Reactivation of hepatitis B virus following rituximab-plus-steroid combination chemotherapy
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Reactivation of hepatitis B virus (HBV) has been reported as a fatal complication following systemic chemotherapy or other immunosuppressive therapy. The risk of HBV reactivation differs according to both the patient’s HBV infection status prior to systemic chemotherapy and the degree of immunosuppression due to chemotherapy. For establishing an optimal strategy for hepatitis prevention and treatment, it is necessary to understand the characteristics, the clinical course and the risk factors for HBV reactivation and to recognize the difference between hepatitis B surface antigen (HBsAg)-positive and -negative patients with HBV reactivation. Among the important viral risk factors, HBV-DNA level and HBV-related serum markers have been reported to be associated with HBV reactivation in addition to cccDNA, genotypes and gene mutations. Rituximab-plus-steroid combination chemotherapy has recently been identified as a host risk factor for HBV reactivation in hepatitis B core antibody (anti-HBc)-positive and/or hepatitis B surface antibody (anti-HBs) positive—but nonetheless HBsAg-negative—lymphoma patients. For these patients with resolved hepatitis B, preemptive therapy guided by serial HBV-DNA monitoring is a reasonable strategy to enable early diagnosis of HBV reactivation and initiation of antiviral therapy. In this review, we summarize the characteristics of HBV reactivation following rituximab-plus-steroid combination chemotherapy, mainly in HBsAg-negative lymphoma patients, and propose a strategy for managing HBV reactivation.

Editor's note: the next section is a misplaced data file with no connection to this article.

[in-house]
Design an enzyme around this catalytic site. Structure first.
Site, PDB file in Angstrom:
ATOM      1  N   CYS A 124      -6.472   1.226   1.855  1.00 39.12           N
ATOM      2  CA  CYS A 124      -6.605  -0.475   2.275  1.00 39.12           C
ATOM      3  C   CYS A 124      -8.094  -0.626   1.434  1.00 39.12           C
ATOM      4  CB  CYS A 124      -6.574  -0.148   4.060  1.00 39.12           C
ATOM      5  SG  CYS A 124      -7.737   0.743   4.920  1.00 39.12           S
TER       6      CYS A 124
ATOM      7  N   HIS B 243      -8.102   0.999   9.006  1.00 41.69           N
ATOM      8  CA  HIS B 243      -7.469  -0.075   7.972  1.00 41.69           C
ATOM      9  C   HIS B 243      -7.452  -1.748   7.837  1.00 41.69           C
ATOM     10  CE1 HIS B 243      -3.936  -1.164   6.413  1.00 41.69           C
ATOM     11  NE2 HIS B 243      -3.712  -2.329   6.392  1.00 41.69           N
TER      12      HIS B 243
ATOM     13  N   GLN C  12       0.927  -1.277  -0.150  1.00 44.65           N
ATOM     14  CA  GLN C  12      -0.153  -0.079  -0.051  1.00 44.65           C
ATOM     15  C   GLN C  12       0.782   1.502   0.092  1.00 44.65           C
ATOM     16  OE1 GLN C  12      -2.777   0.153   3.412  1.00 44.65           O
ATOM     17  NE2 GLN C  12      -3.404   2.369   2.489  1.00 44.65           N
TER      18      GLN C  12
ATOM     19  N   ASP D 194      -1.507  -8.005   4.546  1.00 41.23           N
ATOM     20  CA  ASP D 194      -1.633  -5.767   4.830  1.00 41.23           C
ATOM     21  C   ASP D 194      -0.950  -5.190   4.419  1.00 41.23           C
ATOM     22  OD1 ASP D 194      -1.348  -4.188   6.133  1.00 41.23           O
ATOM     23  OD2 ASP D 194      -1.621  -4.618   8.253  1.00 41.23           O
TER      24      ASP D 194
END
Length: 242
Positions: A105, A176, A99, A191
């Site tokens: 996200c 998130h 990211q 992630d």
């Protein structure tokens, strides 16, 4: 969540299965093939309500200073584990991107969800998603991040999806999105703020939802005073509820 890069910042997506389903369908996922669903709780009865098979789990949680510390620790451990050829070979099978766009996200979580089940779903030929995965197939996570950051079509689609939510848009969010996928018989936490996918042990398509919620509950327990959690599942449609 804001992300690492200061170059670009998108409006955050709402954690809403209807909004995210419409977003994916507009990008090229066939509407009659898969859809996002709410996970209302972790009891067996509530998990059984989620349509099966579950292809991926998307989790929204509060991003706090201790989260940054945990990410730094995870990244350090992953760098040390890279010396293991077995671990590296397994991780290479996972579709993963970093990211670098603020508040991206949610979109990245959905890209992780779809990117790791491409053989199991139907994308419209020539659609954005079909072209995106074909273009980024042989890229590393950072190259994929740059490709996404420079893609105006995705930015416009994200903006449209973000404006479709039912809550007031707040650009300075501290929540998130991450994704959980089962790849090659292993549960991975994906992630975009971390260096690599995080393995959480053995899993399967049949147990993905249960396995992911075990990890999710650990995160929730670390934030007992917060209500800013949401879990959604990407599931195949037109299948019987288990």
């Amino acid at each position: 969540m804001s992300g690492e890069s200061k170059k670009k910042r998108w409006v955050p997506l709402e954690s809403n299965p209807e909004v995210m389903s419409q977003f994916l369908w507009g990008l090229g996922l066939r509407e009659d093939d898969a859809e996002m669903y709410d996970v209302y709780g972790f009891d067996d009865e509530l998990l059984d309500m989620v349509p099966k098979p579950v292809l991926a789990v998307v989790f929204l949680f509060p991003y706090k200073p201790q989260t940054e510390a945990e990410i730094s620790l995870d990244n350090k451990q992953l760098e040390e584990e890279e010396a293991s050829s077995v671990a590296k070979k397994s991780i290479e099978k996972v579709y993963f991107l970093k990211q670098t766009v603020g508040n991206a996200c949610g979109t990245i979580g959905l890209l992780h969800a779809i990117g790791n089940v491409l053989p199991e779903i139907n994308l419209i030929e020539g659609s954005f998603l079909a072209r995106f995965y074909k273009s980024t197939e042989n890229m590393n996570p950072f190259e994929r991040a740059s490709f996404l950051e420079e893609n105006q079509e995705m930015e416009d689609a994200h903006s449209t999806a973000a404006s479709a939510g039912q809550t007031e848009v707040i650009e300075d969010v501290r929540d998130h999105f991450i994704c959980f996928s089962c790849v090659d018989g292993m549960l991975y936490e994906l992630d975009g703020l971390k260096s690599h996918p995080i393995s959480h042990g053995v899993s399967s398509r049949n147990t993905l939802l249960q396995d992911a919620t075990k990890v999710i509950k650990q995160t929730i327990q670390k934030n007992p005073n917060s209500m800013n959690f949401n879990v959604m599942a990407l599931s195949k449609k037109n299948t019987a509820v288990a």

KeywordsReactivation HBV Rituximab
Hepatitis B core antibody
Hepatitis B surface antibody
Covalently closed circular DNA
Cyclophosphamide, doxorubicin, vincristine, prednisolone
Hepatitis B surface antigen
Hepatitis B virus
Hematopoietic stem cell transplantation
Rituximab, cyclophosphamide, doxorubicin, vincristine, prednisolone
Real-time detection PCR
Financial support was provided by the Ministry of Health, Labour and Welfare of Japan (grant-in-aid H20-kanen-014 to S.K.).
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